Ask Gerda: What Makes You Bloated?
Gerda Endemann, our senior director of science and research, has a BS in nutrition from UC Berkeley, a PhD in nutritional biochemistry from MIT, and a passion for cherry-picking from our wellness shop. She spends a lot of her time interpreting research—established and emerging. And our wellness routines thank her for this. (Yours will, too. Send us your own questions for Gerda: [email protected].)
Dear goop, I become bloated sometimes after eating but can’t figure out whether it’s due to a particular food or something else. What are some of the reasons for bloating? —Hannah A.
Hi, Hannah. The major reason for bloating is gas. The gas could come from carbonated drinks or from swallowing air if you eat too fast. One school of thought says that chewing each bite thirty times is the key to health. Not a bad idea: It would slow you down, aid with digestion, and perhaps prevent swallowing air. (My third-grade teacher subscribed to this theory, so there wasn’t much time left at lunch recess for playing. Only in California.)
But in a lot of cases, it’s certain foods that cause gas. Beans are obvious offenders, but there are other foods that cause gas in some people and not in others. And that depends on your digestive enzymes and on the bacteria in your gut.
It’s the gut bacteria that produce gas—methane and hydrogen—from our leftover foods. Whatever foods we don’t digest and absorb in the small intestine travel on down to the large intestine, where bacteria use them and produce gas. This is what happens in lactose intolerance, when there’s not enough of the enzyme that digests lactose, the sugar in milk. Are you bloated after eating yogurt, ice cream, or fresh cheeses? This can come and go: Stress and illness can cause temporary lactose intolerance.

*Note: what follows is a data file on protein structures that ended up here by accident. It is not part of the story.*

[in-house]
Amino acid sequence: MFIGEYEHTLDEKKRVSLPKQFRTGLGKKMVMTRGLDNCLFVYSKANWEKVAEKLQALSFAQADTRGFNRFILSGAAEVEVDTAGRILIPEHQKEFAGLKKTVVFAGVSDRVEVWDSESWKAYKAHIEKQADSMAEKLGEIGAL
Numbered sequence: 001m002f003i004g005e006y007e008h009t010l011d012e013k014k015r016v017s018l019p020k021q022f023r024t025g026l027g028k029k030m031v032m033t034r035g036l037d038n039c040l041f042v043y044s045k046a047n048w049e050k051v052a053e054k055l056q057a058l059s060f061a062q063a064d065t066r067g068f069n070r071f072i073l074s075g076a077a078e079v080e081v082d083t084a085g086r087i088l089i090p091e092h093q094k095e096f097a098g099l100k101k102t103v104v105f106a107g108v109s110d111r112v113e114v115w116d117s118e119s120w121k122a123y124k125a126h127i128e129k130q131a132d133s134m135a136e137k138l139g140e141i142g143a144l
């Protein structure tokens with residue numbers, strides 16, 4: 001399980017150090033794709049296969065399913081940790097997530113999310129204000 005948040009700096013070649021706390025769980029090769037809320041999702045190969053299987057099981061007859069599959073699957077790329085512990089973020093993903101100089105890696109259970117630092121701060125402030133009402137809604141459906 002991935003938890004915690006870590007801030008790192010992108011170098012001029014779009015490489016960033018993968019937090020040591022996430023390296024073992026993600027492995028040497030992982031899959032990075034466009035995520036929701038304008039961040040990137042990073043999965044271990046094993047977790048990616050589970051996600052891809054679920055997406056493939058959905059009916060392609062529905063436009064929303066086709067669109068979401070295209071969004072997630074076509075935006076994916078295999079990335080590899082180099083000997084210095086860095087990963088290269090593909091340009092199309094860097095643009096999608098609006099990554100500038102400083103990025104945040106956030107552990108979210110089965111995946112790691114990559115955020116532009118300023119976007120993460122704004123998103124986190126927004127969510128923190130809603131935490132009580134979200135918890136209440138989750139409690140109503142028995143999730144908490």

Now there’s evidence that sugar affects some people the same way. As can fructose, the fruit sugar. Do you react to sources of fructose, like apple juice, high-fructose corn syrup, pears, cherries, peaches, and watermelon?
The list of gas-causing foods is discouragingly long. You may have heard the term FODMAP (fermentable oligosaccharides, disaccharides, monosaccharides, and polyols). It refers to anything bacteria can use. This includes the sugars mentioned above: sucrose, fructose, and lactose. And it includes fibers that we don’t digest, such as inulin, that bacteria do use. Sorbitol, xylitol, and mannitol are also FODMAPs. You will find them in sugar-free and low-calorie gums, mints, and cough medicines.
Harvard Health Publishing has a helpful list of foods that are high in FODMAPs. Common ones include rye, wheat, onions, garlic, artichokes, asparagus, Brussels sprouts, broccoli, beets, and beans. It’s a bit confusing because in general eating vegetables that provide our gut bacteria with nourishing fibers supports the health of the gut. But nutrition is all about moderation, for us and our bacteria, and respecting our needs as individuals. And if your microbiome is out of balance, healthy foods that feed bacteria could be exacerbating your symptoms.
If temporarily eliminating foods that are high in FODMAPs turns out to be helpful, then you may wish to reintroduce foods one at a time to figure out which are the offenders. It’s best to work with a dietitian for this, because doing an elimination diet correctly can be challenging (Someone on our editorial team is doing this now in Brigid Titgemeier’s My Food Is Health program, and we’ll be sharing more on the topic with Titgemeier soon.)
Another approach is to take supplements containing digestive enzymes. Debloat+ capsules contain seventeen digestive enzymes together with turmeric, ginger, and cinnamon, and licorice. This particular licorice root extract, GutGard, has been studied clinically and shown to support gut health and digestion.*
A good probiotic can make a big difference in digestive health. This one has twenty-four strains of helpful bacteria.*
And finally, if you’re trying to cut out FODMAPs and it seems like there’s nothing you can eat, treat yourself to a coconut milk latte with saffron.
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(Of course, as always, consult your doctor about any medical condition, such as chronic bloating.)
*These statements have not been evaluated by the Food and Drug Administration. These products are not intended to diagnose, treat, cure, or prevent any disease.
This article is for informational purposes only. It is not, nor is it intended to be, a substitute for professional medical advice, diagnosis, or treatment and should never be relied upon for specific medical advice. To the extent that this article features the advice of physicians or medical practitioners, the views expressed are the views of the cited expert and do not necessarily represent the views of goop.